Halloween is one of the most exciting and fun times for kids. They get to dress up, play make-believe and the whole neighborhood participates in the fun. To help ensure they have a safe holiday, here are a few tips from the American Academy of Pediatrics (AAP).
Make Halloween Costumes Safe
Plan costumes that are bright and reflective. Make sure that shoes fit well and that costumes are short enough to prevent tripping, entanglement or contact with flame.
Consider adding reflective tape or striping to costumes and trick-or-treat bags for greater visibility.
Because masks can limit or block eyesight, consider non-toxic makeup and decorative hats as safer alternatives.
Hats should fit properly to prevent them from sliding over eyes.
Makeup should be tested ahead of time on a small patch of skin to ensure there are no unpleasant surprises on the big day.
Do not use decorative contact lenses without an eye examination and a prescription from an eye care professional. While the packaging on decorative lenses will often make claims such as “one size fits all,” or “no need to see an eye specialist,” obtaining decorative contact lenses without a prescription is both dangerous and illegal. This can cause pain, inflammation, and serious eye disorders and infections, which may lead to permanent vision loss.
The Pathway to Your House
To keep homes safe for visiting trick-or-treaters, parents should remove from the porch and front yard anything a child could trip over such as garden hoses, toys, bikes and lawn decorations.
Parents should check outdoor lights and replace burned-out bulbs.
Wet leaves or snow should be swept from sidewalks and steps.
Restrain pets so they do not inadvertently jump on or bite a trick-or-treater.
On the Trail for Trick or Treat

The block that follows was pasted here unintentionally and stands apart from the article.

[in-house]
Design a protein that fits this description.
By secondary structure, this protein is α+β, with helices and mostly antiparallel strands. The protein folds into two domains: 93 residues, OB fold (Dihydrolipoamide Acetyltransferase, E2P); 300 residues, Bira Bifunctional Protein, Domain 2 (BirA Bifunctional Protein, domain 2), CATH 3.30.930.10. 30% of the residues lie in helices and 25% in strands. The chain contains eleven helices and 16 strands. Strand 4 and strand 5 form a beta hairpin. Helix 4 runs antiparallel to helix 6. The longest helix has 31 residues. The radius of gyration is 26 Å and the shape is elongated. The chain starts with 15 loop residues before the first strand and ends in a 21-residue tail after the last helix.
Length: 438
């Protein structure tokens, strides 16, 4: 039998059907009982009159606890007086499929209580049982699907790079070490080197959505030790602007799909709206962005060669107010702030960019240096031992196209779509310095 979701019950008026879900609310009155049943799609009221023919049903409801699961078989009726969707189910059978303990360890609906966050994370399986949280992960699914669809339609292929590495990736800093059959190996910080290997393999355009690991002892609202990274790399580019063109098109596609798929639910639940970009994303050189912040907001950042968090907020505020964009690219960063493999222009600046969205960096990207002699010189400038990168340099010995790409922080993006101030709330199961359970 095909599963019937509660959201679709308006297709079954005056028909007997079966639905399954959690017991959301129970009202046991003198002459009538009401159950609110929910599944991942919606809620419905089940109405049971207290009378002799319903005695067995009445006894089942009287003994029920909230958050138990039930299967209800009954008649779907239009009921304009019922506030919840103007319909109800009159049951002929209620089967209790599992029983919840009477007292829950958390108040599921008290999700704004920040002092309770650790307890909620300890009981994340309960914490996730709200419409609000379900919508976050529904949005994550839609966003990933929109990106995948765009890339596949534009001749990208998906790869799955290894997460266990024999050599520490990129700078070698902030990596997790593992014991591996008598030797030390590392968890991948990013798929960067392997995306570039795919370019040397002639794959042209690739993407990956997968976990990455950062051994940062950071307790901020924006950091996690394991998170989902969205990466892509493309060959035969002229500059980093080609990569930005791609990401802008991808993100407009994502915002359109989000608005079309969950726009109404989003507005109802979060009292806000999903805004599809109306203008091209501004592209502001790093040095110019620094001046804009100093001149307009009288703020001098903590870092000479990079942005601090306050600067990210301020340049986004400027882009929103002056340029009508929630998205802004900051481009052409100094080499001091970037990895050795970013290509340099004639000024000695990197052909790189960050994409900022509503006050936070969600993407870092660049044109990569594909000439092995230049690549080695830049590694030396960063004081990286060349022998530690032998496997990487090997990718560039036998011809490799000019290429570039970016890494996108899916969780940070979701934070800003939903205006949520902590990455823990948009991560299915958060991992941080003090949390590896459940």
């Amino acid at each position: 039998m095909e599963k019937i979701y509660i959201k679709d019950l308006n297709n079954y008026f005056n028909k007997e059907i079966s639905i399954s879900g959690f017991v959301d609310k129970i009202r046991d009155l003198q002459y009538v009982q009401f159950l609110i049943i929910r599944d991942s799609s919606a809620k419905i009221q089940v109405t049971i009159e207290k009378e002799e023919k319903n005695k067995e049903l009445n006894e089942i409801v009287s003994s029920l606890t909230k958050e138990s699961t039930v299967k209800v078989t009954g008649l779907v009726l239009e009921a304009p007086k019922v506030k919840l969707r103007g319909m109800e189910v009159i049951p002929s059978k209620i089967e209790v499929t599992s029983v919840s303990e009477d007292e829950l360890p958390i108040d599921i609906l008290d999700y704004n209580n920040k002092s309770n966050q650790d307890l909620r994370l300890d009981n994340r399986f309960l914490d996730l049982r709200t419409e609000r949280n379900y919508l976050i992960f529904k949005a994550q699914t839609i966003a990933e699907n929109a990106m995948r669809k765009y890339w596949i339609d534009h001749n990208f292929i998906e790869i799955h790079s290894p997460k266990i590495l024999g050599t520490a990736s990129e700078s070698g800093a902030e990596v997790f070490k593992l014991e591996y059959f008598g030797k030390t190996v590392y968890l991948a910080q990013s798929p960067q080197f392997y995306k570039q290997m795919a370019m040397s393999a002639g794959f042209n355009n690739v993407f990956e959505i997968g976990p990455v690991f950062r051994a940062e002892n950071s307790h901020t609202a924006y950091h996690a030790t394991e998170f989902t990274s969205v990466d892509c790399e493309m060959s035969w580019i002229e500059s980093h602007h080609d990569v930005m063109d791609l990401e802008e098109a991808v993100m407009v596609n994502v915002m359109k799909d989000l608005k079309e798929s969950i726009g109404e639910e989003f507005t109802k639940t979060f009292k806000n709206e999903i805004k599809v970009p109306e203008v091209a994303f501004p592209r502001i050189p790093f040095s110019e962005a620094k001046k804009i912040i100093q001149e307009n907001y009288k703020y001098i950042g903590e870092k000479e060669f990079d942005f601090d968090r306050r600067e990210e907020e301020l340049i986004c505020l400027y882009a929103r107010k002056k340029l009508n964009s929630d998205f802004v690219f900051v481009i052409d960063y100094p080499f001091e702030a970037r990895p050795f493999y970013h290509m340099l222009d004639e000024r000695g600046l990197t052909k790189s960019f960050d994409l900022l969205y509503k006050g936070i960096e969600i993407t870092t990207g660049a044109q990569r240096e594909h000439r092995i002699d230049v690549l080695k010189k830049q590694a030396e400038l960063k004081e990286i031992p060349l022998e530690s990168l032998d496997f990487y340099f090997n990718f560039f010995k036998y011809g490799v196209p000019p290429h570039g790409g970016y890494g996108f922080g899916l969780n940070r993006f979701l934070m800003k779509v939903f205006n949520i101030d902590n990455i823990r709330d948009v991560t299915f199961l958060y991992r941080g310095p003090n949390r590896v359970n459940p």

A parent or responsible adult should always accompany young children on their neighborhood rounds.
Obtain flashlights with fresh batteries for all children and their escorts.
If your older children are going alone, plan and review the route that is acceptable to you. Agree on a specific time when they should return home.
Only go to homes with a porch light on and never enter a home or car for a treat.
Pedestrian injuries are the most common injuries to children on Halloween
Remember the importance of reflective tape for costumes and trick-or-treat bags.
Remain on well-lit streets and try to always use the sidewalk. Never cut across yards or use alleys.
Only cross the street as a group in established crosswalks (as recognized by local custom). Never cross between parked cars or out driveways.
Don’t assume the right of way. Motorists may have trouble seeing Trick-or-Treaters. Just because one car stops, doesn’t mean others will!
These are good pointers on how to make Halloween safe for your kids. They are often excited on the way from house to house so it’s a good idea to have a plan of safety beforehand. Here are more tips and suggestions for Halloween safety from the APA. Have a Happy Halloween! Thaïs